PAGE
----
The Student News Site of Sacramento City College

The Express

The Student News Site of Sacramento City College

The Express

The Student News Site of Sacramento City College

The Express

Nursing program overhauls admissions

Due to City College nursing program changes, some students are re-evaluating their majors. Photo by || Tony Wallin || [email protected]

The City College Nursing department will be changing its enrollment process for its Associate’s Degree in Nursing (ADN) program starting Spring 2012.

In the past, students were only required to pass their nursing prerequisite courses with a “C” grade or higher before submitting their nursing program applications, which qualified applicants into an eligible applicant pool according to the Nursing Department website.

The new process involves a point system where nine criteria determine admittance into the City College nursing program. Eligibility points for admission include, previous academic degrees, relevant health care certifications, science courses GPA, prerequisite courses GPA, life experiences, veteran status, proficiency in languages other than English, and Test of Essential Academic Skills (TEAS) test overall score and reading section score according to the Nursing Department website.

Dale Cohen, dean of the Nursing Department and Nursing Program Director, said she believes that the new system, which started development in 2009 acknowledges a students’ hard work before starting a nursing career and create graduates with a higher level of competency for the job.

“We try to raise the bar,” Cohen said. “You have to have the compassion, the care to work with really sick people.”

The long process of changing an admissions program was initiated by Assembly Bill 1559 proposed by Sen. Tom Berryhill, (R-Oakdale) in 2007, which addressed the nursing shortage in California and sought to ensure that community college nursing students are adequately prepared for the workforce, according to the California Community Colleges Chancellor’s Office website.

The new 100 point system, which has most of its points weighing on the TEAs test score and GPA—a maximum of 42.5 and 30 points, respectively—requires 67 points for an applicant to be eligible for the random selection process.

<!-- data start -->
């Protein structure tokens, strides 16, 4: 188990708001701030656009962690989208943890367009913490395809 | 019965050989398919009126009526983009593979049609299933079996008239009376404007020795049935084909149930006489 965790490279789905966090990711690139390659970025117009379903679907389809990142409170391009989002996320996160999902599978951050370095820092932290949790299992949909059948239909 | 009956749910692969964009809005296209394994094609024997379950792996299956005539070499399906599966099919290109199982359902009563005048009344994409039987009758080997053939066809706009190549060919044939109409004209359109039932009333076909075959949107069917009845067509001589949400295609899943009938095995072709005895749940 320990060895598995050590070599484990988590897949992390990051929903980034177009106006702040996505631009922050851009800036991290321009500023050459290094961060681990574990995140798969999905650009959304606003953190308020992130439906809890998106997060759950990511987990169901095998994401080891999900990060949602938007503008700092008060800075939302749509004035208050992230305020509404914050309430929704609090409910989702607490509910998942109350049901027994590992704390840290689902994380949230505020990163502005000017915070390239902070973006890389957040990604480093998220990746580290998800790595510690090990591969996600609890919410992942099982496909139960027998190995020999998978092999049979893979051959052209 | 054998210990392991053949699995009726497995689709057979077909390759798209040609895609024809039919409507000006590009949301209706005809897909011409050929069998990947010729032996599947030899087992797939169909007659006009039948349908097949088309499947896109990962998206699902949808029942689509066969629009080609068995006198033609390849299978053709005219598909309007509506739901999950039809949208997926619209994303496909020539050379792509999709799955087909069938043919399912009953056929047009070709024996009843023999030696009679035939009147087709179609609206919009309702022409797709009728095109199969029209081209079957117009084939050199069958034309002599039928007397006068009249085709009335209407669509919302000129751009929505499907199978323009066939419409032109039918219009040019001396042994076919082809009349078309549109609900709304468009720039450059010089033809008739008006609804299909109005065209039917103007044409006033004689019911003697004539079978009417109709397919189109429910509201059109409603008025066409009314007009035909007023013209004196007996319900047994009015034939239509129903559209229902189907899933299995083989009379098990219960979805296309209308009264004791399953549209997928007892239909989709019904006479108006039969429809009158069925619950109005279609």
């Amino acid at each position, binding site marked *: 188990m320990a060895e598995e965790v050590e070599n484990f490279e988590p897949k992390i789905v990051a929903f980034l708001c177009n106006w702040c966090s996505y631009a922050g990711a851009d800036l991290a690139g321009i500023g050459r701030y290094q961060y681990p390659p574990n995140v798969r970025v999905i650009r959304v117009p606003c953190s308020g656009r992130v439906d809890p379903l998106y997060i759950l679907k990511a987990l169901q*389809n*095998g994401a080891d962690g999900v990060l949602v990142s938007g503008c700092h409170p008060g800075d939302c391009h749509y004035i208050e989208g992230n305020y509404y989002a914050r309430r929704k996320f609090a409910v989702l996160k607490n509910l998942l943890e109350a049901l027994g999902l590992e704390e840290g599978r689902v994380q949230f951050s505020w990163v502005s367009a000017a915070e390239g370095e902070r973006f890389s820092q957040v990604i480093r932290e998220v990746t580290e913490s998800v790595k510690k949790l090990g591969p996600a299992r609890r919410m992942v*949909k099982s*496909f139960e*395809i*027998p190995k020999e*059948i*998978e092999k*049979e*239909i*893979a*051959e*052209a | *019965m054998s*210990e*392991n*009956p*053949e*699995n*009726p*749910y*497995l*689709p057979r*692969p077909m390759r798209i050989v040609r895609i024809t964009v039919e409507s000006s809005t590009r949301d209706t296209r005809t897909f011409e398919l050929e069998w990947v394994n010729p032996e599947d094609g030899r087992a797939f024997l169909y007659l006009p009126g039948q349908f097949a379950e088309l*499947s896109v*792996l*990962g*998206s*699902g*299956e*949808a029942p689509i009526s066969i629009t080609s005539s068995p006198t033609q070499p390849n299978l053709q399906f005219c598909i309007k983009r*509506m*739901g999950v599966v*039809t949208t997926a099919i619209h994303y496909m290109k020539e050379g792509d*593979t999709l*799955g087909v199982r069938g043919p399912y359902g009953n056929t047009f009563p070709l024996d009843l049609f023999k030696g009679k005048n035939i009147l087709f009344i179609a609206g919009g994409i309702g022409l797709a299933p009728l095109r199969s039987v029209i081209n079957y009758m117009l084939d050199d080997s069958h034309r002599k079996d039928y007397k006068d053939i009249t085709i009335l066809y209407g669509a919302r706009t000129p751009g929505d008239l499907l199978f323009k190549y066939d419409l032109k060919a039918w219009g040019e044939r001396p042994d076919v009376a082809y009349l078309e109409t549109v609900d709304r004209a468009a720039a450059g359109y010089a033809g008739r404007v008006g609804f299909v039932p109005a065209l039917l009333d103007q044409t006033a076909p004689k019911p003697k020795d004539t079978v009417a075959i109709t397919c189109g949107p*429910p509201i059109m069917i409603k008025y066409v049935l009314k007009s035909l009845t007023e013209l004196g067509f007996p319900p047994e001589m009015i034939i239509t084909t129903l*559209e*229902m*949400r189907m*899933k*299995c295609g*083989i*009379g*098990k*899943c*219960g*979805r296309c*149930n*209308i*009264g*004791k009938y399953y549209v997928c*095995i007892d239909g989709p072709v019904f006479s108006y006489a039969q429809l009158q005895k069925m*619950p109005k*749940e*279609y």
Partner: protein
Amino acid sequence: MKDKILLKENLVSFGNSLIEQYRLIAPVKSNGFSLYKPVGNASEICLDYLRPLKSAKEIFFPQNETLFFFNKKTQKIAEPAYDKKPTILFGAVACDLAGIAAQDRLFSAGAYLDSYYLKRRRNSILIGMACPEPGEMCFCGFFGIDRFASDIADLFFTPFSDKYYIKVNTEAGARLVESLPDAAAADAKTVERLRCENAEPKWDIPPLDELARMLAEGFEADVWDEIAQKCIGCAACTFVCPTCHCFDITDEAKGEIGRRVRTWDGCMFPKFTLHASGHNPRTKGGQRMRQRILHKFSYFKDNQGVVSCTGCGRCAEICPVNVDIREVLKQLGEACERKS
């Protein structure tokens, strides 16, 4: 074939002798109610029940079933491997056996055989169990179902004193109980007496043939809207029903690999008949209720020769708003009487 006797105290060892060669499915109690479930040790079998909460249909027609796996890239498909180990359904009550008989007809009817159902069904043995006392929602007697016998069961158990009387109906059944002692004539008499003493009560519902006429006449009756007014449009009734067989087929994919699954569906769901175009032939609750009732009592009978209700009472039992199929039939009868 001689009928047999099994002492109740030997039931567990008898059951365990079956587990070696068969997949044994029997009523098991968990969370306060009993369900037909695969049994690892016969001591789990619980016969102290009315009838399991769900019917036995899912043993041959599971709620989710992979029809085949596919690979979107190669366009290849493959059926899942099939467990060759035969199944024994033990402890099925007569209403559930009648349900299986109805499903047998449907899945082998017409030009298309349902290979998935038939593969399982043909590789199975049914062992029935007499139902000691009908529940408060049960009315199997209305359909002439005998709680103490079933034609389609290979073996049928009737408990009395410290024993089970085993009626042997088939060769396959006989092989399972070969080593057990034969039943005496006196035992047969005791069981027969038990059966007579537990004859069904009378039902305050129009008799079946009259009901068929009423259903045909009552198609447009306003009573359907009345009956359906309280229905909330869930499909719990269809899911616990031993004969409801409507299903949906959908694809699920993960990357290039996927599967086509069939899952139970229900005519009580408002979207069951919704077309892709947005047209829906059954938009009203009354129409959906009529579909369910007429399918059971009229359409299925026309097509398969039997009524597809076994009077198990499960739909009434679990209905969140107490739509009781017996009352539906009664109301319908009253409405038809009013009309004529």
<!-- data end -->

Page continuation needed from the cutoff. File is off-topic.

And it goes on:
“It’s all different when you look at it in those terms [grades]. Do you want the right [medications] 70 percent of the time or 100 percent?” Cohen said.

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“I think it’s fair because the major points are controlled by your grades,” Norwood said.

The greater emphasis on academic performance, Cohen said, is expected to raise the competition for the 30 spaces in the program.

Cohen said there were usually about 1,000 applicants under the former enrollment system, and while the number has dropped for the spring 2012 semester, she was impressed with the approximate 600 applicants who had enough points to qualify for the lottery.

Cohen said she believes that the new system will bring out the best of prospective City College Nursing students, who have consistently passed the National Council Licensure Examination (NCLEX) for registered nurses with a rate of over 92 percent since 2006, according to the California Board of Registered Nursing.

For 24 year-old Paolo Mercado, who changed his major to nursing two years ago, struggling to get into prerequisite classes has lead him to come up with a back-up plan if a career in nursing doesn’t pan out.

“I was thinking of changing my major or double majoring in physical therapy so I don’t have to wait to get in [the program.],” Mercado said.

According to Cohen, the process of changing the nursing criteria is has motivated the department to revise the criteria for admittance to the LVN program due to the changing job demand for vocational nurses.

“It’s all subject to change. We took a conservative beginning to see where we are,” Cohen said.

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